GlaxoSmithKline is being sued by two former private investigators, claiming that GSK misled them to investigate an innocent person, which ended in the investigators’ imprisonment.
In 2013, the two private investigators were detained. An article in The New York Times reveals that the private investigators, Peter Humphrey (British) and his wife Yu Yingzeng (American)—who were investigating potential fraud and bribery on behalf of GSK—were in their home in Shanghai when two dozen officers stormed in, confiscated all of their files, and they were then brought to detention house (undergoing a harsh interrogation).
As it turns out, a whistleblower had emerged—a 5,200-word email laid out a “detailed map to a fraud in the Chinese operations” in January 2013, explaining in perfect English how GSK was “pitching drugs for unapproved uses.” This email was sent to Chinese regulators, GSK executives, and PricewaterhouseCoopers (the company’s auditor) and was one of nearly two dozen sent over 17 months.
On behalf of GSK, Humphrey and Yingzeng investigated Vivian Shi, a former executive who oversaw government affairs in GSK’s Shanghai office (and had been previously fired), who was believed to be the whistleblower. The subsequent efforts to discredit Shi failed.
“There are indications that Ms. Shi was not the whistle-blower, and that there may have been more than one person,” according to an article in The New York Times.
The GSK case resulted in $500 million penalties and “a string of guilty please by executives” when prosecutors “charged the global drug giant with giving kickbacks to doctors and hospital workers who prescribed its medicines.”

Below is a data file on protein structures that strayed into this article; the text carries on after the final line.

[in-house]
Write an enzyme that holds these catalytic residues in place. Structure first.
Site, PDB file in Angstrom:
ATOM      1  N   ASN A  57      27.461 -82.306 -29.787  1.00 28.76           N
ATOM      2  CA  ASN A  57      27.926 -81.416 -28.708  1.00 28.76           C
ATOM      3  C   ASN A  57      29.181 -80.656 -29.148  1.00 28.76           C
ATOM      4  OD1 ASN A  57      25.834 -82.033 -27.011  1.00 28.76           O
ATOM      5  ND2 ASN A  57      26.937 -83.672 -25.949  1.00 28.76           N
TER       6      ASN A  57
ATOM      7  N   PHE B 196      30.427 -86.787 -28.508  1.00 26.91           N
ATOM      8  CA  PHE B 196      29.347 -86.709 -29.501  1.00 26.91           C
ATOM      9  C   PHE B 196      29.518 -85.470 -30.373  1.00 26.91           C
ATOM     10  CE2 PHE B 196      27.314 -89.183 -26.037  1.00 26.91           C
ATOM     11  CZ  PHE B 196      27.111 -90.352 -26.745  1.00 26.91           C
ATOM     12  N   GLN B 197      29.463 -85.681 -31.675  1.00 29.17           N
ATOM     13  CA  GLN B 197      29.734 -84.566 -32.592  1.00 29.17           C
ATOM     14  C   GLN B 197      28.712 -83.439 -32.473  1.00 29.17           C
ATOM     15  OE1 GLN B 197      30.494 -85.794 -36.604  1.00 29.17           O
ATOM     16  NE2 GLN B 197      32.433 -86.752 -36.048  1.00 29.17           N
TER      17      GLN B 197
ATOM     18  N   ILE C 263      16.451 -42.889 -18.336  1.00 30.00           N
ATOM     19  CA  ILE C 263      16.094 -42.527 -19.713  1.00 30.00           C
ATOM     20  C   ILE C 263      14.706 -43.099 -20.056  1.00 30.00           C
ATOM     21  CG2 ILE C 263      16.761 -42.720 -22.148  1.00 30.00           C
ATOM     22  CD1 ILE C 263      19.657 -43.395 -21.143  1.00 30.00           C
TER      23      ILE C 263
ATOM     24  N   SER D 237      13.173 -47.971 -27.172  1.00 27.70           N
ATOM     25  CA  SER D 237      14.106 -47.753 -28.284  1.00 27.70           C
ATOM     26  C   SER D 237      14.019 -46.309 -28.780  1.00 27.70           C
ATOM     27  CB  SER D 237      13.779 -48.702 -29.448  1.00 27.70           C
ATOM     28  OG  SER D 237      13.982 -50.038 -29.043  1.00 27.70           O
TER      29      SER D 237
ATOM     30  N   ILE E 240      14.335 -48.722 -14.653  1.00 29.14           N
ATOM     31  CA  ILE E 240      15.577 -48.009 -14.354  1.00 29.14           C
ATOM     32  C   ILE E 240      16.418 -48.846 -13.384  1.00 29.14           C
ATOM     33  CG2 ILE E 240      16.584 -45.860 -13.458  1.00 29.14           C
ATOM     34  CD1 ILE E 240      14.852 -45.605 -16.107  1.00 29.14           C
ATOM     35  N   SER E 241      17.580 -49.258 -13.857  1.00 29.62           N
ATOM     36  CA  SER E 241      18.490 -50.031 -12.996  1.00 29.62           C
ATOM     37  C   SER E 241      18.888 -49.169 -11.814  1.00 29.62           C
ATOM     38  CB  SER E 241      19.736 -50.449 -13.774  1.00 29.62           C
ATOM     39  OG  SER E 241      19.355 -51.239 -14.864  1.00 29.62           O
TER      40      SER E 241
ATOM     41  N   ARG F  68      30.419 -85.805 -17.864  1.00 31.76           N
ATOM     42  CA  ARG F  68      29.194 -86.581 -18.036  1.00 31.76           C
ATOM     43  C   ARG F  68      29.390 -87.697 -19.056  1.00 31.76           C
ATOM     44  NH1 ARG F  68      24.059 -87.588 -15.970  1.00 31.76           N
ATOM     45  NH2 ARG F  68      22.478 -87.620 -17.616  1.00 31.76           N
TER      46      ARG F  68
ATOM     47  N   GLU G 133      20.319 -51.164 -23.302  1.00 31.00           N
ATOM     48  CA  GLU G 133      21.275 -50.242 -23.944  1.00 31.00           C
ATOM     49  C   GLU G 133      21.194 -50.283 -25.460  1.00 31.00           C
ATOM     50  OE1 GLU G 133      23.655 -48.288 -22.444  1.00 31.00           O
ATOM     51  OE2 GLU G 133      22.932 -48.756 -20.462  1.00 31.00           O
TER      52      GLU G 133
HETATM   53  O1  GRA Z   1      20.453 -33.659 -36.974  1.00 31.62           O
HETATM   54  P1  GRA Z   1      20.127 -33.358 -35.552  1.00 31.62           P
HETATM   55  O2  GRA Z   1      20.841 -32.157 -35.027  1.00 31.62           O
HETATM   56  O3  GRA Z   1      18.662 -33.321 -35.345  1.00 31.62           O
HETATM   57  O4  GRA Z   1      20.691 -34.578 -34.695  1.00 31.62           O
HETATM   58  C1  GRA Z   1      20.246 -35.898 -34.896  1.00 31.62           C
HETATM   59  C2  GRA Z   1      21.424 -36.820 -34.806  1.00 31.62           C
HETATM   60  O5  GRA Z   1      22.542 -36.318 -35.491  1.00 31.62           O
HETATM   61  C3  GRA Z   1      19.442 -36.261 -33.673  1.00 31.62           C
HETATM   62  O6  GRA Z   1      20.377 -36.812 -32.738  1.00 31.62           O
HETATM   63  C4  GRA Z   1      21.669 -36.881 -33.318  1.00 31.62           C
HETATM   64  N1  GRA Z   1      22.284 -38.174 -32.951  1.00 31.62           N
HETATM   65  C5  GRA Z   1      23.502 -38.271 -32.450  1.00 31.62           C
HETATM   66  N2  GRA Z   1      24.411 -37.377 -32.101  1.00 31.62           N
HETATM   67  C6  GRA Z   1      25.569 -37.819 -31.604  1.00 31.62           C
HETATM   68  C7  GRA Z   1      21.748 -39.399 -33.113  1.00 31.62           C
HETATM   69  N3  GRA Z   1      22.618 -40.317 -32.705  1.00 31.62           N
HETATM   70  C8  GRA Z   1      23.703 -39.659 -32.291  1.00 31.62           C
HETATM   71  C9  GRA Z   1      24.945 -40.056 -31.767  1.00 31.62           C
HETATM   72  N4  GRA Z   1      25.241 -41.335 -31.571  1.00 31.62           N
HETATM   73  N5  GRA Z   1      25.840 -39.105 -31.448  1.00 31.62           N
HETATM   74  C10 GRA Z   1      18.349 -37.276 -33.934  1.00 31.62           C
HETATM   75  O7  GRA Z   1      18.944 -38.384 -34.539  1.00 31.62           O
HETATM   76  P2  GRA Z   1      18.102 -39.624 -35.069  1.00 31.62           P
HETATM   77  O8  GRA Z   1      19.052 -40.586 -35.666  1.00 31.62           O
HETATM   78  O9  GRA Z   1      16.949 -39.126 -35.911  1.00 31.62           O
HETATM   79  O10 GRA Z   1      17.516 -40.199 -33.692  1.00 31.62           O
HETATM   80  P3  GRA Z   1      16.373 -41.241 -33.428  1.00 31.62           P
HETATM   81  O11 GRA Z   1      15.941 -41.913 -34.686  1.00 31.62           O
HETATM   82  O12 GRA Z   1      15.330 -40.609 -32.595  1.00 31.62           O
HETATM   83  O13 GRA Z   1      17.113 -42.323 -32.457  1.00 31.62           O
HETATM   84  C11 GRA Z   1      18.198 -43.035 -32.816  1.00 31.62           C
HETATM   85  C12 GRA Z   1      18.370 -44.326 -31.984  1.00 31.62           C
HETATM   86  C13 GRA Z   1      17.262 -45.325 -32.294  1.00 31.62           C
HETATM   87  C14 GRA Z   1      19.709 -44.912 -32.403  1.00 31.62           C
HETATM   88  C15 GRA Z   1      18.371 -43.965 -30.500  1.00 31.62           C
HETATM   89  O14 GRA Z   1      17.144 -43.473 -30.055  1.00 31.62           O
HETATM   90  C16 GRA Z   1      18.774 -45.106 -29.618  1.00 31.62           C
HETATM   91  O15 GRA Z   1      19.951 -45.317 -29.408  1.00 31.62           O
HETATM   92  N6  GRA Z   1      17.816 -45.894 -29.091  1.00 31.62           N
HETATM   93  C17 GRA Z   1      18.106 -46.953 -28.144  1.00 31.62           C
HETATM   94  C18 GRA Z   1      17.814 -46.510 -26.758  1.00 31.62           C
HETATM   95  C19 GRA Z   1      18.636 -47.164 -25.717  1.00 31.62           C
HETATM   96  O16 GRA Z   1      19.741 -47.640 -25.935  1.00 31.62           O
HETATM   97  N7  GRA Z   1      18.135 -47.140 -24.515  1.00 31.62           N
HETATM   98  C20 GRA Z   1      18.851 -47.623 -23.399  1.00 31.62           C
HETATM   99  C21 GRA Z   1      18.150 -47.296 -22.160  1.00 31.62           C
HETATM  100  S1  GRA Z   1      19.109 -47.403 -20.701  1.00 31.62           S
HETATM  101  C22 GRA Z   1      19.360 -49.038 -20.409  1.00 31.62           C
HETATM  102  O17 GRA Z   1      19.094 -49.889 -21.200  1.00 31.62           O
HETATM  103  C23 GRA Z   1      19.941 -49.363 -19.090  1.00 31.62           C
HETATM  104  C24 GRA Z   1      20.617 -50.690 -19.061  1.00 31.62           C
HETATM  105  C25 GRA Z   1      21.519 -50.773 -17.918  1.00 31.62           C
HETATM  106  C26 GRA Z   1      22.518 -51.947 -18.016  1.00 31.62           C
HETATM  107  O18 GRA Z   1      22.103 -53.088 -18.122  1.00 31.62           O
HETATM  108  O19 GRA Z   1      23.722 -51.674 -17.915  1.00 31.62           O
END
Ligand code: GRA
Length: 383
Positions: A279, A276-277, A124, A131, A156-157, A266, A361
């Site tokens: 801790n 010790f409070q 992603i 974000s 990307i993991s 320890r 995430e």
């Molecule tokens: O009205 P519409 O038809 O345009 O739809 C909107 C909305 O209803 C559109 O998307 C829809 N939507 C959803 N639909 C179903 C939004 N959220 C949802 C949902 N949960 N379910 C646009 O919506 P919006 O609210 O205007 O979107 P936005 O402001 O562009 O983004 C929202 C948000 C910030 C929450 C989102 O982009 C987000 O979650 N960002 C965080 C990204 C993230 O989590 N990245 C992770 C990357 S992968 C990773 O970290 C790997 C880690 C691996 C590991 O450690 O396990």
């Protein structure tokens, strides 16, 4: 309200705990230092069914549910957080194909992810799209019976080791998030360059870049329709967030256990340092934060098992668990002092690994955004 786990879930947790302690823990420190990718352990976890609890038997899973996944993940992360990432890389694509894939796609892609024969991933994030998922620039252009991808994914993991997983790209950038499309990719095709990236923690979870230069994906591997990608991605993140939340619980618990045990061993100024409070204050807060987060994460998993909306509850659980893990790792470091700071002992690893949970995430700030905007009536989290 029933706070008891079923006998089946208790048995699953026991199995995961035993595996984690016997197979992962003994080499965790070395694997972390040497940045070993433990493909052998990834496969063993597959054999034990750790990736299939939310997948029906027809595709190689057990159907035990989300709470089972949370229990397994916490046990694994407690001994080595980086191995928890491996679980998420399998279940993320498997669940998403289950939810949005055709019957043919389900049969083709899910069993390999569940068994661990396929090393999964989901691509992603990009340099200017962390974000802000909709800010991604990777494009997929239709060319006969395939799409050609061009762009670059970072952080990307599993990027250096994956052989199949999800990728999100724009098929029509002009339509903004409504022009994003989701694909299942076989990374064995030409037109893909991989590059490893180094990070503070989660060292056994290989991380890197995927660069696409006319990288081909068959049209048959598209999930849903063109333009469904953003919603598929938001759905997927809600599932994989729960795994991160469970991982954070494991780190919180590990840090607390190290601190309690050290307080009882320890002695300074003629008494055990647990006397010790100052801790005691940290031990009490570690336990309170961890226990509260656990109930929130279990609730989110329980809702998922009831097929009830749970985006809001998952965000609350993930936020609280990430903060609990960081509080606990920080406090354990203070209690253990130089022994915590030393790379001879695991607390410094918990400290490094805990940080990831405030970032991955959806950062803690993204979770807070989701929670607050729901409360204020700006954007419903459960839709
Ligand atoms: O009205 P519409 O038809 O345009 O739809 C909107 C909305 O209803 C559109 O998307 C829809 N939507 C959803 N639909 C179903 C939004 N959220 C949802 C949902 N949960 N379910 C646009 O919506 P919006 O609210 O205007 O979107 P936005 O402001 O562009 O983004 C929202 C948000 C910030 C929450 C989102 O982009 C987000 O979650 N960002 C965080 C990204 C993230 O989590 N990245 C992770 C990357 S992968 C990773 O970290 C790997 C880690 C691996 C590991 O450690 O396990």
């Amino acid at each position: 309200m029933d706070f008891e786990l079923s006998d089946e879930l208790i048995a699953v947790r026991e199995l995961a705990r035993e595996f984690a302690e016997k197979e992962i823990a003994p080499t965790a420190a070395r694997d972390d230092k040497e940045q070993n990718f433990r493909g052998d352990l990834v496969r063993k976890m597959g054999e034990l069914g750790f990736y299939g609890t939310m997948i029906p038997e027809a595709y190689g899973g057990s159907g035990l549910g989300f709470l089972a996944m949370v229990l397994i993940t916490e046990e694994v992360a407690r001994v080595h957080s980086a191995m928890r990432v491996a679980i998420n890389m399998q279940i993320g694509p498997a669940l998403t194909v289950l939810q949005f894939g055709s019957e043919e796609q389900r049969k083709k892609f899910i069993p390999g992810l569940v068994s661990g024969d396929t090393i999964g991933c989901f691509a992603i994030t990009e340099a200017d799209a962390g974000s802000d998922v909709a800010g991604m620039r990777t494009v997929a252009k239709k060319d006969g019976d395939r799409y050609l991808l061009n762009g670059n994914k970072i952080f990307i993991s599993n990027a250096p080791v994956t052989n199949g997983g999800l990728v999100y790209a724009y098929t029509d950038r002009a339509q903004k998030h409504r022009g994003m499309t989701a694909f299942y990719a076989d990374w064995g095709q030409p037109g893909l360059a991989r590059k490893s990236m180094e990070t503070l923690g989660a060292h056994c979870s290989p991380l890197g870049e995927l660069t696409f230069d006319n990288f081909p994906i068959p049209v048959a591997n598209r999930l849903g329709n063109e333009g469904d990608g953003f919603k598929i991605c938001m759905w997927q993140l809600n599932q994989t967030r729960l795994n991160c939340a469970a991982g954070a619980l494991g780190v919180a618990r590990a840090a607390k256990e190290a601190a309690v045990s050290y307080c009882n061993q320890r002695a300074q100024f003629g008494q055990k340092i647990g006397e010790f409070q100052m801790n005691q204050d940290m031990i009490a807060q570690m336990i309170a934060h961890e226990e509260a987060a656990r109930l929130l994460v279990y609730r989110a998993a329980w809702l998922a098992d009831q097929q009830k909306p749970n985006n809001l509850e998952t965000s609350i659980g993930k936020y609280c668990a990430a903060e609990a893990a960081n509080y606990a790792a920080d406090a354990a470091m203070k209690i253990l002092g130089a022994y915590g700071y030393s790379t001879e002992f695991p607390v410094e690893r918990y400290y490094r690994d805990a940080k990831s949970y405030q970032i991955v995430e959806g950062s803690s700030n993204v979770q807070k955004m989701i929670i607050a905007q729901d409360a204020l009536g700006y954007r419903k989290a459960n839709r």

According to the article in The New York Times:
Glaxo just wanted to make its problems go away. It offered bribes to regulators. It retaliated against the suspected whistle-blower. It hired Mr. Humphrey and Ms. Yu to dig into the woman’s background, family and government ties, as a way to discredit her. And Glaxo may even have gone after the wrong person, documents and emails obtained by The Times suggest.
In 2014, a Chinese court found Humphrey and Yingzeng guilty. The two private investigators spent two years in prison for “illegally obtaining government records on individuals.”
Humphrey and Yingzeng filed the complaint at the United States District Court in Philadelphia. The charge was made public on Wednesday, November 16.
“We do not believe this case has any merit and will vigorously defend against the allegations,” a GSK spokesman said.
Lead image photo credit: Montgomery County Planning Commission.
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Filed Under: Drug Discovery